The AT-6 training aircraft has been known by many names, including the U.S. Navy designation of SNJ, the popular nickname "Texan", the British designation of "Harvard" and more. The AT-6 saw its
beginning with the development of North American Aviation's "NA-16" trainer in 1935. After an initial order from the U.S. Navy for the NJ-1 model, the plane was further developed into the NA-26.
This model, in turn, was eventually ordered by the Navy as the SNJ-1 series, and by the U.S. Army Air Corps as the BC-1 Basic Combat Trainer. Further improvements and modifications led to a
string of variations, which eventually resulted in the first AT-6 Advanced Trainer.
The "AT" designation reflects the intended role for North American Aviation's new airplane, for students who had successfully trained in the relatively simpler Primary Trainers would then graduate up the AT-6. This plane was a much more complex aircraft, with features such as retractable landing gear, larger engine, variable-pitch propeller and hydraulics. Those who mastered the AT-6 would then go on to specialized training in fighters, bombers, transports, etc.
The first 517 of the new AT-6A aircraft were manufactured at North American's Inglewood, CA factory. The remaining airplanes would be built in new factories in Texas, which led to the common nickname of "Texan" for all models of the plane. A wide number of varieties of the AT-6 were built as the model was continually improved, including many built overseas under license from North American.
Here's a brief summary of the various models produced over the years:
Ordered by the U.S. Army Air Corps
Instrument trainer variant
|BC-1A / BC-1B||92||The last 9 of these were the first AT-6 models|
|AT6-A||1,330 / 1,847||The first 157 were built in Inglewood, CA|
|AT6-B||400||Gunnery trainer variant|
|AT6-C||2970||Built with lighter metal and plywood due to metal shortage|
|AT6-D||3,404 / 4,388||Return to all metal construction|
|AT6-F||956||Lighter weight alloys used|
|AT6-G / SNJ-7||2068||Earlier models were manufactured as upgraded models|
|SNJ-1||16||Similar to BC-1|
|SNJ-2||61||Similar to BC-1 with R-1340-56 engine|
|SNJ-3||420||Similar to AT6-A|
|SNJ-3C||12||Equipped with arresting hooks for carrier landings|
|SNJ-4||2400||Similar to AT6-C|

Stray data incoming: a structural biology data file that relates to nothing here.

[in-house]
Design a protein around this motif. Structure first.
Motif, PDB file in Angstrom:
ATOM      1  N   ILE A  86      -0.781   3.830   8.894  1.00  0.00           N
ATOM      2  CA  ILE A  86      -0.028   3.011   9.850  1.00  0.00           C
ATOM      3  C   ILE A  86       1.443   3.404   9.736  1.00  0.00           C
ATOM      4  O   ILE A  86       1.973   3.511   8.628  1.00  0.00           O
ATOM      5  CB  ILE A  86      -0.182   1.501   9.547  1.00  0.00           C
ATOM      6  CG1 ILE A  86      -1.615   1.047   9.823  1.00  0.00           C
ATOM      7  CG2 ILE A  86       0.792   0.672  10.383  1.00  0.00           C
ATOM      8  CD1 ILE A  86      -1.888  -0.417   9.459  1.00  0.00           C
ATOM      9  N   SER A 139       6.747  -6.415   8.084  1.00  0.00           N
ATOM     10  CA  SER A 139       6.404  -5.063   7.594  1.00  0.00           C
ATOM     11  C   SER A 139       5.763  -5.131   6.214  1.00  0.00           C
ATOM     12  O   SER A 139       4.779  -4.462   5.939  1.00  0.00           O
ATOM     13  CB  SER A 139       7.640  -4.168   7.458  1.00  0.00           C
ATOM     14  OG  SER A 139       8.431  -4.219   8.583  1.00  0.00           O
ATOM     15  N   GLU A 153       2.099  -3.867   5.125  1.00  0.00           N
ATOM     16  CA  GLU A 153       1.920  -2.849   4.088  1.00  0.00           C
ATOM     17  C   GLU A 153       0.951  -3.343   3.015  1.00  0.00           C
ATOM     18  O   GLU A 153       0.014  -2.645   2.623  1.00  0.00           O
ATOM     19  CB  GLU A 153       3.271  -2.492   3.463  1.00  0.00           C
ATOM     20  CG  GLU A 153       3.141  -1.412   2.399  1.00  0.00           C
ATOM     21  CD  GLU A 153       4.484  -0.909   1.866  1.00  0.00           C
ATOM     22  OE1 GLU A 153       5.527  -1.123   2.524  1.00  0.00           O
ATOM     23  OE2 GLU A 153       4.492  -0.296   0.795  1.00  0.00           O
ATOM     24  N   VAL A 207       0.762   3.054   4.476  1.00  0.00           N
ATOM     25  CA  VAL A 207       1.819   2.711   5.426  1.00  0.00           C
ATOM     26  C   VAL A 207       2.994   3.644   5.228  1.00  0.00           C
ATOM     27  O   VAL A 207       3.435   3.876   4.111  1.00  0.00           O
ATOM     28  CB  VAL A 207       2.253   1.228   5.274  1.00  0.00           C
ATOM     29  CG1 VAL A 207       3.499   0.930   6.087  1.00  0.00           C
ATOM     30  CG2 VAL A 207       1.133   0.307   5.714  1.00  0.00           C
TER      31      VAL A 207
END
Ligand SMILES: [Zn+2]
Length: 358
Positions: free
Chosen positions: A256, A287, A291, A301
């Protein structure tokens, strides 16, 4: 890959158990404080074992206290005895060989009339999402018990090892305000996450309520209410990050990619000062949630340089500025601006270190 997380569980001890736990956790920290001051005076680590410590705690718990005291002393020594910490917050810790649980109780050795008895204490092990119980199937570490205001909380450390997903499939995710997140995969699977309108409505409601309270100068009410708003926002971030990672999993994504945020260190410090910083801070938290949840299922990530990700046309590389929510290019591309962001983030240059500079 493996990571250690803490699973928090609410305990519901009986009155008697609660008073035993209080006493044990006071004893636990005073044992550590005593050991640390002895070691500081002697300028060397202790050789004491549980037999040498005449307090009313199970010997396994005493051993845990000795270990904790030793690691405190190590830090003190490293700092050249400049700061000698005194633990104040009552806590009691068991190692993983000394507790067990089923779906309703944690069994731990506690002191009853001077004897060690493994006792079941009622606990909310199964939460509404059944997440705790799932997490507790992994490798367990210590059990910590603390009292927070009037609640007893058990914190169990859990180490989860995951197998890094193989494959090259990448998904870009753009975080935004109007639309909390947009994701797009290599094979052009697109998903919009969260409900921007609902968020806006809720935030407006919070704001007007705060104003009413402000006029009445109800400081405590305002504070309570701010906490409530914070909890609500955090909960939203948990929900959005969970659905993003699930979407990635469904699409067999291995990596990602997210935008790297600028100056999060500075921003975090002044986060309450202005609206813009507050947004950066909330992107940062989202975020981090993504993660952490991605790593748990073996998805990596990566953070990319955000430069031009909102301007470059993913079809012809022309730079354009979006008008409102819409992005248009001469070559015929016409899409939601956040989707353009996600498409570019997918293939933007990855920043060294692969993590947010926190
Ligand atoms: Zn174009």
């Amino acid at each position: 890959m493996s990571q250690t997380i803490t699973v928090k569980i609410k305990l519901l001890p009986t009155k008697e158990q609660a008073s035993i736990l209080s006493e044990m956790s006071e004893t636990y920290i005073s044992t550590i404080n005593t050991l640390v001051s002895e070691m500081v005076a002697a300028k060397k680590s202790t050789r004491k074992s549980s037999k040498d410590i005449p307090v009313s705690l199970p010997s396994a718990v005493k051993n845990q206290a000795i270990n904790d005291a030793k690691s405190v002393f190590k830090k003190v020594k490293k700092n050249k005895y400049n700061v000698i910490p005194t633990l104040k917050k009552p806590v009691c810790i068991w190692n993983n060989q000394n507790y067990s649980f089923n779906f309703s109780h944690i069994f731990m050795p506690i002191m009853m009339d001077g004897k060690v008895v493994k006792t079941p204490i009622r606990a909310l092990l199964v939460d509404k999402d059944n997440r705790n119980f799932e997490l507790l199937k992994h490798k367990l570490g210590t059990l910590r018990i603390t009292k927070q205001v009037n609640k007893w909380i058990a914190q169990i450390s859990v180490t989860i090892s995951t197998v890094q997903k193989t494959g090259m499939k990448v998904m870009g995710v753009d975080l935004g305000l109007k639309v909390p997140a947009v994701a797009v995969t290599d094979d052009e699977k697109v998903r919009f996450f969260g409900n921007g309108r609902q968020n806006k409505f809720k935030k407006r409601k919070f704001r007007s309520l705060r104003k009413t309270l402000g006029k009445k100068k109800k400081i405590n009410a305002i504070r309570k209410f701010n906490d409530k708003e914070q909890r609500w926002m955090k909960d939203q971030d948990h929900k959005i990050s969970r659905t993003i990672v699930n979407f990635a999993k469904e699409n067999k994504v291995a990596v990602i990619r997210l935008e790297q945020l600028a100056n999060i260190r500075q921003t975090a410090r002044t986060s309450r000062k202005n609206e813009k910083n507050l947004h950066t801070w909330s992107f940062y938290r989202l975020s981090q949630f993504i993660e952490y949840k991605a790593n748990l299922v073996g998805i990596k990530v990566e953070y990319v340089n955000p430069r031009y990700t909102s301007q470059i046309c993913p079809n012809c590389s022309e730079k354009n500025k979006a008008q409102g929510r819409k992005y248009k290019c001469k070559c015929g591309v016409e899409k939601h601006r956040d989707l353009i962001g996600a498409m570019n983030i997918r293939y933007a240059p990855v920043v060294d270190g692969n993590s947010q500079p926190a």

|SNJ-4C||Equipped with arresting hooks for carrier landings|
|SNJ-5||1573||These were AT6-D's transferred to the Navy|
|SNJ-6||411 / 931||These were AT6-F's transferred to the Navy|
|LT-6G||Variant of the T6-G used for forward air control during the Korean War|
|Harvard||2610||Built by Noorduyn Aviation Ltd of Montreal and the Canadian Car & Foundry Company for the RAF and RCAF|
|Wirraway||Built under license by CAC in Australia|
Why are there different numbers for some types of aircraft? Simply put, there is no one definitive source of information as to how many AT-6s were built in total, or how many of each model. Over the years, records have been lost, and different research sources have provided different numbers. In some cases the military placed an order for one variation of the plane, but before all of those models were actually built a new order was placed for the latest improved model, and the unbuilt or partially built planes from the earlier order were diverted to the new model. In other cases, such as the AT-6G, older planes were sent back to the factory and rebuilt to the latest specifications. As a result, it's next to impossible to accurately state how many AT-6s were actually built. Overall estimates range from 10,057 to 17,000 airframes having been designated as AT-6s at some point in their life.
The following provides information on the basic configuration of the AT-6/SNJ. Due to the large numbers of variants build the actual specifications vary widely over the years and by model.
Engine: Pratt & Whitney R-1340 9-cylinder radial engine - 550 or 600 horsepower
Wing Span: 42 ft.
Length: 29 ft. 6 in.
Height: 10 ft. 10 in.
Max Weight: 5,155 pounds to 5,800 pounds
Max Speed: 210 mph
Cruise Speed: 145 mph Stall Speed: 56 mph
Ceiling: 23,200 to 24,750 feet
Range: 450 to 700 miles
Fuel Capacity: 110 U.S. gallons. T-6G and Harvard Mk IV are 140 gallons.
Fuel Usage: 25 to 35 gallons per hour
Oil Capacity: 10 gallons
Landing Gear: Retractable
Propeller: Controllable pitch G Forces: +5.67, -2.33
Armament: Varies widely. Available configurations include one fixed forward-firing (wing mounted or on the cowling) and one rear cockpit-mounted .30-in machine-gun; plus under-wing pylons for machine-gun pods or light bombs.
Crew: Pilot, co-pilot